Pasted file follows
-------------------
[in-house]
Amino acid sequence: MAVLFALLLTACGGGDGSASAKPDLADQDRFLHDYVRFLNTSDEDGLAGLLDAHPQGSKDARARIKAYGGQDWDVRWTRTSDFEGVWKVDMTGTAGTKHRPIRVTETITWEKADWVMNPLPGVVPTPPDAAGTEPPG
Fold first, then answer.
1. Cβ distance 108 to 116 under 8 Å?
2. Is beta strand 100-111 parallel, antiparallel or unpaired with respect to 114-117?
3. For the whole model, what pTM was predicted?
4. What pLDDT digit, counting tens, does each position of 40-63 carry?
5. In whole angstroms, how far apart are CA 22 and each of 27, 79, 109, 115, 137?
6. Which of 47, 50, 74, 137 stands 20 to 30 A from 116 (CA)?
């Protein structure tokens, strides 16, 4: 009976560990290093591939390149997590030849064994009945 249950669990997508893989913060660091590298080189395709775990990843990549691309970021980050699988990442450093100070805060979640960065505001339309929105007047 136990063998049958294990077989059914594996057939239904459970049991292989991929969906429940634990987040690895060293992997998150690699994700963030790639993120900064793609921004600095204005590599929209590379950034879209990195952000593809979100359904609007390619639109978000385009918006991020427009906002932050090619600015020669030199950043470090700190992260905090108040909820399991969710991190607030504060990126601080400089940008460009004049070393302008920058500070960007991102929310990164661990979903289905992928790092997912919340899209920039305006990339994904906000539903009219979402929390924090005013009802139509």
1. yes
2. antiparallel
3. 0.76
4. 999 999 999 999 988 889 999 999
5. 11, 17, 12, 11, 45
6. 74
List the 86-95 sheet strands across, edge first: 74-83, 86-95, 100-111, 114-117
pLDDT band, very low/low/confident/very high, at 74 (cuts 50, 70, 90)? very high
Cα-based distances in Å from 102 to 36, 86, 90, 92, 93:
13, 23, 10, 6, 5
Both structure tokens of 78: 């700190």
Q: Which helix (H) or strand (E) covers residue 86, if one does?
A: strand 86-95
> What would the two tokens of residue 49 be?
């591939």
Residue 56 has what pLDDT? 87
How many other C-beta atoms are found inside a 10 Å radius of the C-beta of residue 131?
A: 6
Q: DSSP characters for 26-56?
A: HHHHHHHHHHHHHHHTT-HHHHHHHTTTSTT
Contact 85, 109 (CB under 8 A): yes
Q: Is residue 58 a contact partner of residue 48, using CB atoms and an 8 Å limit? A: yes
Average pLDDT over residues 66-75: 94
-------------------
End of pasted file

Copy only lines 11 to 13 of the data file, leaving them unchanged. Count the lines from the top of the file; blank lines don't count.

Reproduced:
1. yes
2. antiparallel
3. 0.76